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Last Thursday, Denver's Philip Anschutz finalized his purchase of the Gazette from a rebooted Freedom Communications; Friday, after an announcement to the staff, many of the paper's writers hoisted drinks at Oscar's Oyster Bar in careful celebration.

The deal ends months of rumors and makes our 140-year-old daily a part of the Anschutz Corp.'s Clarity Media Group, which also owns content-farm; the Weekly Standard, a prominent conservative magazine; and the Oklahoman, which, along with The Broadmoor, was owned by the Oklahoma Publishing Co. before the multi-billionaire bought it all in late 2011.

The exchange of the Gazette wasn't a bloodless transaction: A handful of people in the newsroom were not offered contracts with the new company, including content director Carmen Boles. She was replaced by Joe Hight, former managing editor of the Oklahoman.

He didn't respond to multiple interview requests, but according to Anschutz spokesman Jim Monaghan, Hight will be leading an expansive transformation.

"We [will] look at increased news coverage," Monaghan says in an interview. "We [will] look at staff increases; page increases, obviously; circulation increases. And then, as for the entire digital [side], we would look to grow that as well."

Monaghan says newsroom personnel will be increased by 20 percent, with an additional 30 pages added to the typical week's total. "I think by next week you'll see some changes," he says.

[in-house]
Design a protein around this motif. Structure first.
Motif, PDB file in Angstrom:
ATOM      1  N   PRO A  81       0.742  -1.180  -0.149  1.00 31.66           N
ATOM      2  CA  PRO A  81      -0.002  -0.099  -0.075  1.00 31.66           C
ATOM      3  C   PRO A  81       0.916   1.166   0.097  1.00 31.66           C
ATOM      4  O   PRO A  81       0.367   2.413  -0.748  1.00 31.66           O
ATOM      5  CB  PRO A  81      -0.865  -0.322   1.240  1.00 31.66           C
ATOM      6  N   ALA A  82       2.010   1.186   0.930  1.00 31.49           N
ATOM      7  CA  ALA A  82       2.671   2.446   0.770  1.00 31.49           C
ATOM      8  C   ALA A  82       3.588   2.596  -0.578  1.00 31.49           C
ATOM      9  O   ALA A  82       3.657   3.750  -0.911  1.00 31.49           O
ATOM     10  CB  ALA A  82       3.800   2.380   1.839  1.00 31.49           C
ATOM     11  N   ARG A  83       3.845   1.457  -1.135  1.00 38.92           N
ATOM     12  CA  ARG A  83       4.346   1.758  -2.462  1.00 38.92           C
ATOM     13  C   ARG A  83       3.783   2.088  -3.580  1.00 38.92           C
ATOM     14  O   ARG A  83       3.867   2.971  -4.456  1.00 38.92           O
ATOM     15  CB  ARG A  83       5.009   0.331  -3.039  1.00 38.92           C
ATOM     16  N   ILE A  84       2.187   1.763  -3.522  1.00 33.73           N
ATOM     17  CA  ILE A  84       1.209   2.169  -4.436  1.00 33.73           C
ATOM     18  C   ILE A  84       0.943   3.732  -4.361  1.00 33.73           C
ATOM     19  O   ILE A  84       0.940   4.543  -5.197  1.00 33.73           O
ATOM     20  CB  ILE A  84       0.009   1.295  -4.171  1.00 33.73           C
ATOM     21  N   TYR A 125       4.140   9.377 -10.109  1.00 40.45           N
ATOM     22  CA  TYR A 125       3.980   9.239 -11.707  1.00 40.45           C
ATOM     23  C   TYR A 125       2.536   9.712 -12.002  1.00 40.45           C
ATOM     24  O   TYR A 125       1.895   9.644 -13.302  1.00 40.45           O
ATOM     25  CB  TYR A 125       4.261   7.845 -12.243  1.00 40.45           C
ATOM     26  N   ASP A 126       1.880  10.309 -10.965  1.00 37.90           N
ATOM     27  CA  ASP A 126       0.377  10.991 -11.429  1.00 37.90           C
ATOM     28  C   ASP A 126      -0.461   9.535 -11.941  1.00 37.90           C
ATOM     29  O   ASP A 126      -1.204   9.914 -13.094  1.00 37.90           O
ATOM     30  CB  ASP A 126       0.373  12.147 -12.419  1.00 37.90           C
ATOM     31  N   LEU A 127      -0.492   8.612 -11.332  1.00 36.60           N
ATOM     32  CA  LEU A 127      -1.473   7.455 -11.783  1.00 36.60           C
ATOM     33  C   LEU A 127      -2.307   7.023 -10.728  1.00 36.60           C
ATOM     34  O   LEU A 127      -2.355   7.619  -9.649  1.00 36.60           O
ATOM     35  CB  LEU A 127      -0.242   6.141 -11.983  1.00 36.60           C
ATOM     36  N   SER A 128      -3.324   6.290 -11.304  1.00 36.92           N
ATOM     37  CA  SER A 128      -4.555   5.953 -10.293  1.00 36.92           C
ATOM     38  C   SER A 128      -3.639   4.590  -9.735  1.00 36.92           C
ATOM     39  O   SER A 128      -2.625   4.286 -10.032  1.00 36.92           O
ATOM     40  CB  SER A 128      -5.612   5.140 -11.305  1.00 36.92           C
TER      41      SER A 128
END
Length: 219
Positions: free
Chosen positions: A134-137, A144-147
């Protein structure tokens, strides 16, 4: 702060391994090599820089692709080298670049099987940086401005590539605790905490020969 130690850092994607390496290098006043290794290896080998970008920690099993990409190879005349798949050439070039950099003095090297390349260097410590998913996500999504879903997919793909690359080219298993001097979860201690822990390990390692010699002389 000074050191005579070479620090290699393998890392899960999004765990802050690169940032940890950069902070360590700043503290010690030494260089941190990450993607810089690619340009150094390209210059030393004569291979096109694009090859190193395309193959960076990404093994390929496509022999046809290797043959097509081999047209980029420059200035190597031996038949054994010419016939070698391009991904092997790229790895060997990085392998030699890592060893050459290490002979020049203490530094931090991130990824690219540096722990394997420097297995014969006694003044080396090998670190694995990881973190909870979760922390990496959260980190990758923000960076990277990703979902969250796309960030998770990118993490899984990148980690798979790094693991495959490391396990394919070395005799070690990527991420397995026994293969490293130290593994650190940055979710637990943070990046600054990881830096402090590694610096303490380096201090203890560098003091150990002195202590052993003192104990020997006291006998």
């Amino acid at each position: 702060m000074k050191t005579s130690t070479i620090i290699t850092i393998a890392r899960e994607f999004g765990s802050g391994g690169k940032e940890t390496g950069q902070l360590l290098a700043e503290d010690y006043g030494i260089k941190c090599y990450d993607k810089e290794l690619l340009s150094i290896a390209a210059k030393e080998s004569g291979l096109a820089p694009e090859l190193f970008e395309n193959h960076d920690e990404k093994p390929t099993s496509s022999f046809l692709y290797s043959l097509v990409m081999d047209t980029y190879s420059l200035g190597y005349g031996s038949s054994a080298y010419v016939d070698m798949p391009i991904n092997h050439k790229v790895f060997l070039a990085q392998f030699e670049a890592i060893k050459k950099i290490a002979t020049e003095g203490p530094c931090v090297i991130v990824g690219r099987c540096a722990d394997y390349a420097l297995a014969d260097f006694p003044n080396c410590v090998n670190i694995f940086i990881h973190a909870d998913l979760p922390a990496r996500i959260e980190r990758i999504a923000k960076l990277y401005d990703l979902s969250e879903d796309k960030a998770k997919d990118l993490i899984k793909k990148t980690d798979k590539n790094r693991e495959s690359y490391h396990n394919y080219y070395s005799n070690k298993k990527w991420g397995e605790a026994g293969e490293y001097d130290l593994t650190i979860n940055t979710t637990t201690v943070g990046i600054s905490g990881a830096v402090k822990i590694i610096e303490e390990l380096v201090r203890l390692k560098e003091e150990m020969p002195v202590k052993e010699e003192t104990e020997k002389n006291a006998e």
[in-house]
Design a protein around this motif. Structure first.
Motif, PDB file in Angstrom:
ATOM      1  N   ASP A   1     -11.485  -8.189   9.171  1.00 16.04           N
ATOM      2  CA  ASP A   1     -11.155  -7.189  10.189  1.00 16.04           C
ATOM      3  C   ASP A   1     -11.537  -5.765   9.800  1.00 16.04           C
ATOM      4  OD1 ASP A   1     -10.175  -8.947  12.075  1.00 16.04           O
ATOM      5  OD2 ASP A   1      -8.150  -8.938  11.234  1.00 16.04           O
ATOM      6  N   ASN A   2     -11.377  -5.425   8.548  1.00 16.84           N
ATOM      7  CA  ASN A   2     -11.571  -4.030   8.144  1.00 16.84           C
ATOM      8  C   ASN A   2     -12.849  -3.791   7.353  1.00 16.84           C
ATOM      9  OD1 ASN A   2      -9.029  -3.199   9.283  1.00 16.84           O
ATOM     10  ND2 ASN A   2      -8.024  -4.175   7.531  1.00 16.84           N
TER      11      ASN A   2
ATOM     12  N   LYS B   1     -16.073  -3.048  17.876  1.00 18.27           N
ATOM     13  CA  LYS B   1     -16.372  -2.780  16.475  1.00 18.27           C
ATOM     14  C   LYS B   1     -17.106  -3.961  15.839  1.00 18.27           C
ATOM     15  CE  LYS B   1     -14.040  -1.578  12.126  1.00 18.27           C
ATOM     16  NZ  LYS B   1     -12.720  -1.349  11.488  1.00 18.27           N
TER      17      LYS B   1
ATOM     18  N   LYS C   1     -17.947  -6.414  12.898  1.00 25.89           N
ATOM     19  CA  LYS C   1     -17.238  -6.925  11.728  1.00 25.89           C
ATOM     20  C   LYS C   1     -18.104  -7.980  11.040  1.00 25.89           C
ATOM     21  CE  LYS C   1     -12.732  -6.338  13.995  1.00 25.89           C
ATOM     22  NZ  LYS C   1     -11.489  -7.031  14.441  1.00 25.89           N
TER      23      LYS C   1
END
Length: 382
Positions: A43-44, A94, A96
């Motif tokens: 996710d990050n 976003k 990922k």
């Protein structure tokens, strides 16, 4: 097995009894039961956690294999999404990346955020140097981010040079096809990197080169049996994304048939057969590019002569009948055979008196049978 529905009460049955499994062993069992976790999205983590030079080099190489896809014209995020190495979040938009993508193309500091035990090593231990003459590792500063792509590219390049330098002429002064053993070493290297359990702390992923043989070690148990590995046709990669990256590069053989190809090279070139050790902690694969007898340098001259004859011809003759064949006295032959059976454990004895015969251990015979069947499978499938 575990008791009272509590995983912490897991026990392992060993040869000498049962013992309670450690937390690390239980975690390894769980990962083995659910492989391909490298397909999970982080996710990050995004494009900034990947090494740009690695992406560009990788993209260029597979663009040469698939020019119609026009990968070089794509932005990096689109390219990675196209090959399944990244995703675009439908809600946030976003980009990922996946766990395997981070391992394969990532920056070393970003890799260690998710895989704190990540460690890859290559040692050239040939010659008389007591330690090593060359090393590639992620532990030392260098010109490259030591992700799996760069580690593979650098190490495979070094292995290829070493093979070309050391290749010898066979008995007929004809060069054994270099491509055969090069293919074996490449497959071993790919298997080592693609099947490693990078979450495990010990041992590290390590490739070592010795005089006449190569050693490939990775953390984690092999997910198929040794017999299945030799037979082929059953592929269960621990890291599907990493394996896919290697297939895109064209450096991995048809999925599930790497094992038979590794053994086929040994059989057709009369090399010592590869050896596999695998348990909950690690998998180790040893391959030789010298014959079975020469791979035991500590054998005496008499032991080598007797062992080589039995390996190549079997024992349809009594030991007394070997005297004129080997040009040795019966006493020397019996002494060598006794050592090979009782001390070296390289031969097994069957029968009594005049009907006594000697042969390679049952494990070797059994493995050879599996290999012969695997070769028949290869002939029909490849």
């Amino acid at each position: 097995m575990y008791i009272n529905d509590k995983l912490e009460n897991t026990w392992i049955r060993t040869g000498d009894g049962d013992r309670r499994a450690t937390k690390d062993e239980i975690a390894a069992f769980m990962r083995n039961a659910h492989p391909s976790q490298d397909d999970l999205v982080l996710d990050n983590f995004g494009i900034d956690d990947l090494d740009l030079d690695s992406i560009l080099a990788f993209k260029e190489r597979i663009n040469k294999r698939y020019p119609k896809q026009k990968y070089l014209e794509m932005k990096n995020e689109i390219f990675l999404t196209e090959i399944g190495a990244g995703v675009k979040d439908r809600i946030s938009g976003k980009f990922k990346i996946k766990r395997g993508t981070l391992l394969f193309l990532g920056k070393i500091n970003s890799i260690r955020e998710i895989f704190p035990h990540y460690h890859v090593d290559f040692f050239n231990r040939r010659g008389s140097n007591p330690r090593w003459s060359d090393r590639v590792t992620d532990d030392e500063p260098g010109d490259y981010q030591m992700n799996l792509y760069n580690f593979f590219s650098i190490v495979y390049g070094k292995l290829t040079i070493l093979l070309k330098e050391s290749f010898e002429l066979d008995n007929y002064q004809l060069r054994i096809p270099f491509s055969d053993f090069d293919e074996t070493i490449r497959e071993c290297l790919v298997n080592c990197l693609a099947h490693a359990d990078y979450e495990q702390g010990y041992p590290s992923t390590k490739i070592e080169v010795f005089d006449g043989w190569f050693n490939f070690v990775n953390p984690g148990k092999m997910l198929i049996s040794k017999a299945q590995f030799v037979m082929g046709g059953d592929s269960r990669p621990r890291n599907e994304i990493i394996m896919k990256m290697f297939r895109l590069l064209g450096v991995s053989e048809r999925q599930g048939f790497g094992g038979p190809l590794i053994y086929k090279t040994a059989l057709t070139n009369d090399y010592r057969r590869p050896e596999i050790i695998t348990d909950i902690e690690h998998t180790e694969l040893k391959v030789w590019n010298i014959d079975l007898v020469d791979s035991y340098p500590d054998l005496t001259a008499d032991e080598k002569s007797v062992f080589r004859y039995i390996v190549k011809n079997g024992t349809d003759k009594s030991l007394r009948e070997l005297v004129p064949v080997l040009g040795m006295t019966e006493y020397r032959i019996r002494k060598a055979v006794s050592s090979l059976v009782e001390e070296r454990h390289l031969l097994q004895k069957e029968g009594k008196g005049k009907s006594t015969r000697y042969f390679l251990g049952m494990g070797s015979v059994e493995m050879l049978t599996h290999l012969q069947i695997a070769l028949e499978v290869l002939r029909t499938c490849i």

Indeed, on Tuesday, the paper advertised the return of the "Life" section. Other, less noticeable, changes include Clarity's CEO Ryan McKibben — whose brother, P. Scott McKibben, was the Gazette's publisher from 2006 to 2008 — joining Hight in leadership as the paper's chairman, as will Christian Anschutz, Philip's son, who will serve as vice-chairman.

Current publisher Dan Steever will remain.

It's left to the rest of us to speculate what else Anschutz's ownership might mean for the Gazette. The paper was already on the way back up under the short ownership of Boston entrepreneur Aaron Kushner, who bought Freedom in June.

Reporters like Ned B. Hunter and Garrison Wells now have Gazette bylines, while new sports columnist Paul Klee picked a good year to leave Illinois' News-Gazette to cover the Broncos (and Rockies).

But as to whether there will be a shift on the paper's much-maligned editorial page, one might check a story by Politico about another Anschutz property, the Washington Examiner, for a clue.

"When it came to the editorial page, Anschutz's instructions were explicit," wrote Michael Calderone in 2009. "He 'wanted nothing but conservative columns and conservative op-ed writers,' said one former employee." A more recent view comes in a Nov. 28 editorial in the Oklahoman that looks skeptically at "the 'science' of global warming."

Monaghan wouldn't speak to any trends in the newly acquired paper's official tone, but did say "contrary points of view" would get space in the op-ed pages as well.

All this leaves one last question: Why the Gazette?

"While the industry's in decline, there are significant opportunities on a market-by-market basis, and this is one of them," says Monaghan. "We think the newspaper can be grown, improved, made more meaningful for the community. And I think with the acquisition of The Broadmoor, and spending more time down here, both the family and various individuals associated with Anschutz, everybody paid attention to the Gazette. And we consider [Colorado Springs] an extended hometown. So, the pieces just all fit together."

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